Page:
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Hardcover ISBN: 9780804746663
This anthropological study examines the cult of the Chinese goddess Chen Jinggu, divine protector of women and children. The cult of the "Lady of Linshui" began in the province of Fujian on the southeastern coast of China during the eleventh century and remains vital in present-day Taiwan. Skilled in Daoist practices, Chen Jinggu's rituals of exorcism and shamanism mobilize physiological alchemy in the service of human and natural fertility. Through her fieldwork at the Linshuima temple in Tainan (Taiwan) and her analysis of the narrative and symbolic aspects of legends surrounding the Lady of Linshui, Baptandier provides new insights into Chinese representations of the feminine and the role of women in popular religion.
About the author
Brigitte Baptandier is Director of Research at the Centre National de la Recherche Scientifique (CNRS), in the Laboratoire d'ethnologie et de Sociologie comparative, at Université Paris X, Nanterre, where she teaches Chinese anthropology. She also teaches at the Institut National des Langues et Civilisations Orientales (INALCO) in Paris.
"In the study of Chinese religion, there are very few books that concentrate so intensively on a single goddess . . . This book, therefore, enriches our understanding of Chinese religion, and I recommend it to readers interested in religious studies, anthropology, and gender studies."
—Wei-Ping Lin, Journal of Religious
"It is in the dense texture of Baptandier's work and her refusal to flatten categories of religious behavior, gender, or morality that I see its greatest contribution to scholarship on Chinese religion. In terms of the study of practice the work has much to offer those just entering graduate studies in Anthropology and should be required reading for anyone considering fieldwork in the Chinese cultural sphere . . . I recommend Brigitte Baptandier's The Lady of Linshui for its rich collection of mythological and ritual material and discussion of lived religious practices."
—Alison R. Marshall, Journal of Chinese Religion
"This work, and expanded translation of the author's La Dame-du-bord-de-l'eau, is an important addition to exploration of Chinese religion and local history through the study of cults . . . Baptandier's authority as an ethnographers of Chinese religion is impressive and her familiarity with relevant Daoist sources is unmatched."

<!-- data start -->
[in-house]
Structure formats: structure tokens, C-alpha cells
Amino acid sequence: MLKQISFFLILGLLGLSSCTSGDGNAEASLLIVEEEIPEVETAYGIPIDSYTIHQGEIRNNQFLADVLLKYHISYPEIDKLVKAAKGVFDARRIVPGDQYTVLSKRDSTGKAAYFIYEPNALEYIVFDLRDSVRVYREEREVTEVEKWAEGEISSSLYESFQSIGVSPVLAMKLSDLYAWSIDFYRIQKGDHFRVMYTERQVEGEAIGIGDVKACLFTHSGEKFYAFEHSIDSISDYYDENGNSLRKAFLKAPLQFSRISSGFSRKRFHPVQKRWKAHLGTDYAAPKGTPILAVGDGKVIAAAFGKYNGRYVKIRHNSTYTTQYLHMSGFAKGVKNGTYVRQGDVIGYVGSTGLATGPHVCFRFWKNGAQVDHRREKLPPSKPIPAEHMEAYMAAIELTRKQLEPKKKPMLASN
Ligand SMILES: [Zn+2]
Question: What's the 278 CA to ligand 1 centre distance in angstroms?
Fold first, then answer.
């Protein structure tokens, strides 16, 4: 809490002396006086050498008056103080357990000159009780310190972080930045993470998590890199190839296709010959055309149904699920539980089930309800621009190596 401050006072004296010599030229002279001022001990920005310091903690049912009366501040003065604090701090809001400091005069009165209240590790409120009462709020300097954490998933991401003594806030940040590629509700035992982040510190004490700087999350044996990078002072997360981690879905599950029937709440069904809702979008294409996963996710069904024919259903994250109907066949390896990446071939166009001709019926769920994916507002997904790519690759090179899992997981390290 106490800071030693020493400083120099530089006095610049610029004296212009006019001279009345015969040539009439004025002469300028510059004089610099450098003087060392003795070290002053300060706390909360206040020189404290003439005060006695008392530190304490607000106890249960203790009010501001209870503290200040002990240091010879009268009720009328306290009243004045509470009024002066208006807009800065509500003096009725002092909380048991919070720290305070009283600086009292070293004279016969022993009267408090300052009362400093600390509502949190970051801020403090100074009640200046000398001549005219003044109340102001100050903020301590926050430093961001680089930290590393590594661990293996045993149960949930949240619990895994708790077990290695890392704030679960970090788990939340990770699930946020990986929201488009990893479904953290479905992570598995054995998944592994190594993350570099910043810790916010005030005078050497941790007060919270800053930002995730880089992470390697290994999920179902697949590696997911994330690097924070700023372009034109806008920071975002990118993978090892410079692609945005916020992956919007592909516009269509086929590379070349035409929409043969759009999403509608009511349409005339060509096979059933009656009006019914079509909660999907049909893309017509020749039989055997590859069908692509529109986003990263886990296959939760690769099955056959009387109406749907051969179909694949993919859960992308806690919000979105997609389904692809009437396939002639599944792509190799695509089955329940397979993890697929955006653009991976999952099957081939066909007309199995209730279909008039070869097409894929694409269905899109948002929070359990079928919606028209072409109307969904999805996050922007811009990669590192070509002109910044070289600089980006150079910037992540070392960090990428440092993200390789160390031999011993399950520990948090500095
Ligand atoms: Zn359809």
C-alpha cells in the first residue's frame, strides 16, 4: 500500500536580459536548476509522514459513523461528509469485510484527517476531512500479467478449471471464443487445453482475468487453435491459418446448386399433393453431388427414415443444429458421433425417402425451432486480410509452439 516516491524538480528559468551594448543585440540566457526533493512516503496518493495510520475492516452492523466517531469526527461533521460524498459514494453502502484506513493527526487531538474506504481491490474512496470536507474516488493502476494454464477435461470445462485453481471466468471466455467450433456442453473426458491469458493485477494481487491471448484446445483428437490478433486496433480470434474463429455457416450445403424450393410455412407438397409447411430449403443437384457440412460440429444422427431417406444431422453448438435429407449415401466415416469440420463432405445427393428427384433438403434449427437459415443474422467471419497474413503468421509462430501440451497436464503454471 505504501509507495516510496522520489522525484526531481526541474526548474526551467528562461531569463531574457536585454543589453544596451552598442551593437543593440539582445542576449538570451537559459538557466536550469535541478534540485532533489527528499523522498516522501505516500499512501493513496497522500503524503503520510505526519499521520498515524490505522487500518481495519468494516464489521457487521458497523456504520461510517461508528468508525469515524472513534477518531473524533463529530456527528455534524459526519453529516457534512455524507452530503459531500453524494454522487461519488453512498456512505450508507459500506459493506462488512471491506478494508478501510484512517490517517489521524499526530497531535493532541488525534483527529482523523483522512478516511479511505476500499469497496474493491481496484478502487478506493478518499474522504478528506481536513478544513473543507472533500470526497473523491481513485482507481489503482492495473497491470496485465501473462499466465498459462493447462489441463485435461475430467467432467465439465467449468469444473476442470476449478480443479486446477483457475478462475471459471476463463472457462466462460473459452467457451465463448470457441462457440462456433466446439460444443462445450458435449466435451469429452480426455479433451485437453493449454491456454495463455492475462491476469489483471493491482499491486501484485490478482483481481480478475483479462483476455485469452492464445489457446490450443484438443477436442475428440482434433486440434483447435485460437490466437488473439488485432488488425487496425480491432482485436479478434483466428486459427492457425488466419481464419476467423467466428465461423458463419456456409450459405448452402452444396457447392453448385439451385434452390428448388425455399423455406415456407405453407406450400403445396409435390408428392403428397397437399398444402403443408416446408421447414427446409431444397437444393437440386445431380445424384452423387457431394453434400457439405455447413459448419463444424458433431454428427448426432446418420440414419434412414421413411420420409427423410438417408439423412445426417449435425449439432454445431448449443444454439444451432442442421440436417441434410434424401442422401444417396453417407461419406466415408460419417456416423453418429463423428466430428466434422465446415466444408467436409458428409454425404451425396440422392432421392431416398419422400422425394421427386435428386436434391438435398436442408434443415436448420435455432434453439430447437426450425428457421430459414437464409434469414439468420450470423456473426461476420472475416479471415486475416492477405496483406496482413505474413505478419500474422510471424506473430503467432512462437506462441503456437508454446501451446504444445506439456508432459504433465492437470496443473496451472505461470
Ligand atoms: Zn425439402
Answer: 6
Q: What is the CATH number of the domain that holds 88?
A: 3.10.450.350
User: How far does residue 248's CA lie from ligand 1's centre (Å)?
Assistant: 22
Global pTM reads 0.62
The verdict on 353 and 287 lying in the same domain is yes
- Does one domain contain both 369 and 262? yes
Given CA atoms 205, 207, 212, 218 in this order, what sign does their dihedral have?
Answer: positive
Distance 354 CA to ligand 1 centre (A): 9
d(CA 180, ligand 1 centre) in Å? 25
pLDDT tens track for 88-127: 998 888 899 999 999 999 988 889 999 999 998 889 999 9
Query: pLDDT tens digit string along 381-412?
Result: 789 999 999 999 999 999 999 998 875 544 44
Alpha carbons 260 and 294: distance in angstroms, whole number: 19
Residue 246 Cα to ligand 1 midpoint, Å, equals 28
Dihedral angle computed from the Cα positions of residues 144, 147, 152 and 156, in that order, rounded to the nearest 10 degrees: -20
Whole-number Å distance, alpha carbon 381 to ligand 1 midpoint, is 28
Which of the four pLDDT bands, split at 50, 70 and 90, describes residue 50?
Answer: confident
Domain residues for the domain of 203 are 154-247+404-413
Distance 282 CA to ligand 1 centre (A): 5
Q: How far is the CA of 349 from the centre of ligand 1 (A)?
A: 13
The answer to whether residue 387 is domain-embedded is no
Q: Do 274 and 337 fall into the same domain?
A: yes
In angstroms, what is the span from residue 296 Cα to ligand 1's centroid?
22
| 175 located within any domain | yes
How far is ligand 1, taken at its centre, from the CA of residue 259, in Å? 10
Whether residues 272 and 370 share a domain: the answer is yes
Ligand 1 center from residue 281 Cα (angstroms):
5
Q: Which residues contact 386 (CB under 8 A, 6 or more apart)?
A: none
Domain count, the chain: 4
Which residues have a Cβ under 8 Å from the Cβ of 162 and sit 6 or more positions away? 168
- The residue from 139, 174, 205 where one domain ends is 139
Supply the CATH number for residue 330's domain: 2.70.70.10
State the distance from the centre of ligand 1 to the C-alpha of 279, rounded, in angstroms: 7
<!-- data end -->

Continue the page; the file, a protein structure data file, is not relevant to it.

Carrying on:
—Donald S. Sutton, American Historical Review
"This book is the fruit of the author's research of many years. It is indispensable reading for anyone interested in Chinese religion, gender studies, ritual studies, and the rise and development of local cults. The book has an extensive bibliography and a helpful index . . . We should be grateful for this book which opens up new avenues for future research in so many interesting areas concerning Chinese goddesses and their cults."
"The female side of Chinese religion looms so large, but has actually received very little attention from scholars. Baptandier boldly weaves a remarkable range of anthropological and sinological sources in this rich, multi-layered text, further advancing our understanding of women in Chinese society while revealing the full potential of meanings inherent in this cult to a woman."
—Robert Weller, Boston University
"[A]n anthropological account of a little-known cult, embedded in a rich description of its historical texts . . . The book's originality is in both the material and the way in which the author has made a complex of legends and surviving rituals available to an audience that will include all those interested in anthropology, healing, religion, and gender studies at undergraduate level and above . . . the first book, certainly in English, to provide in-depth insight into the role of women in Chinese religion."
"[A] powerful, brilliantly presented, and immensely rich exploration of the myth of the goddess, combined with an effective examination of roles, practices, and symbolic connections in traditional China. The Lady of Linshui is a worthy heir to the myth studies of the great pioneers."
—Journal of Interdisciplinary History